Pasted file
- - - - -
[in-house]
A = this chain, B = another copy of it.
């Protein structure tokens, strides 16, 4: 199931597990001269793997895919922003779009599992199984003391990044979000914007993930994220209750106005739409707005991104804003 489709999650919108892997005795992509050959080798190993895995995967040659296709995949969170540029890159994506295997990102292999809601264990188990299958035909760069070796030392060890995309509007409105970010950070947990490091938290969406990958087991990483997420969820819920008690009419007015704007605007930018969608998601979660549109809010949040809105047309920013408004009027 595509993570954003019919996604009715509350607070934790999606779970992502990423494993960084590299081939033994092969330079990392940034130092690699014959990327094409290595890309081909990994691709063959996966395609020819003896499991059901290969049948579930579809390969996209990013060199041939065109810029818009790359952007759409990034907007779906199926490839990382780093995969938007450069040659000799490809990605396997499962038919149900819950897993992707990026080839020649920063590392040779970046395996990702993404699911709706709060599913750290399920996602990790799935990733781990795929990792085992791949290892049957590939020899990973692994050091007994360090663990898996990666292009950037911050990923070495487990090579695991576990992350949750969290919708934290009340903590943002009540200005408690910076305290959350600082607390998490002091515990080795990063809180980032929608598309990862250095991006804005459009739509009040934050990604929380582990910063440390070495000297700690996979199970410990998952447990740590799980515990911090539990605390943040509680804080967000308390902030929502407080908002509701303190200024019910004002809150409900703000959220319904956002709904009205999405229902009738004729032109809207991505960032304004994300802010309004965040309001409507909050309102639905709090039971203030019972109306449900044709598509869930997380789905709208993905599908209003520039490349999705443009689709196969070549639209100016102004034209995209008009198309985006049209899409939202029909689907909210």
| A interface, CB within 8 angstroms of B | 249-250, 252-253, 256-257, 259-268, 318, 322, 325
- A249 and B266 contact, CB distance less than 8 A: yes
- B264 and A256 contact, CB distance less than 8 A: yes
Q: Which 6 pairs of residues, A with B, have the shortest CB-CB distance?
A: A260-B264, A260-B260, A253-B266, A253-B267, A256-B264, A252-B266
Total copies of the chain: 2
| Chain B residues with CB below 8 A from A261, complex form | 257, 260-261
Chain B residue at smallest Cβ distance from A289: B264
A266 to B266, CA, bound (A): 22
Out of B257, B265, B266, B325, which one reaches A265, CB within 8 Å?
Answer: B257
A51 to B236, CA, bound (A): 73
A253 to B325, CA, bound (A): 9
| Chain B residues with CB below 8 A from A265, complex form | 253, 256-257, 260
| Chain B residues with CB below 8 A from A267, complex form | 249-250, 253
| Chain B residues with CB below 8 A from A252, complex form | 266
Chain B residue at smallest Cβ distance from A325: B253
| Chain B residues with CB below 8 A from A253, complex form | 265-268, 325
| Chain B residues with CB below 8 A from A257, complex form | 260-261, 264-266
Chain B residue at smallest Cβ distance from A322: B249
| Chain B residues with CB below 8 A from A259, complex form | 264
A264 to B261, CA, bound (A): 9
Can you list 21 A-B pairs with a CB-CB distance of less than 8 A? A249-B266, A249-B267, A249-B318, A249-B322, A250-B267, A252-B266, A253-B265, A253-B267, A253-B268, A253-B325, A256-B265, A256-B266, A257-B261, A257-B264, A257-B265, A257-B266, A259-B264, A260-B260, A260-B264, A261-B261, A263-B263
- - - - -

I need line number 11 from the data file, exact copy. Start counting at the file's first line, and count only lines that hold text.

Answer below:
Chain B residue at smallest Cβ distance from A289: B264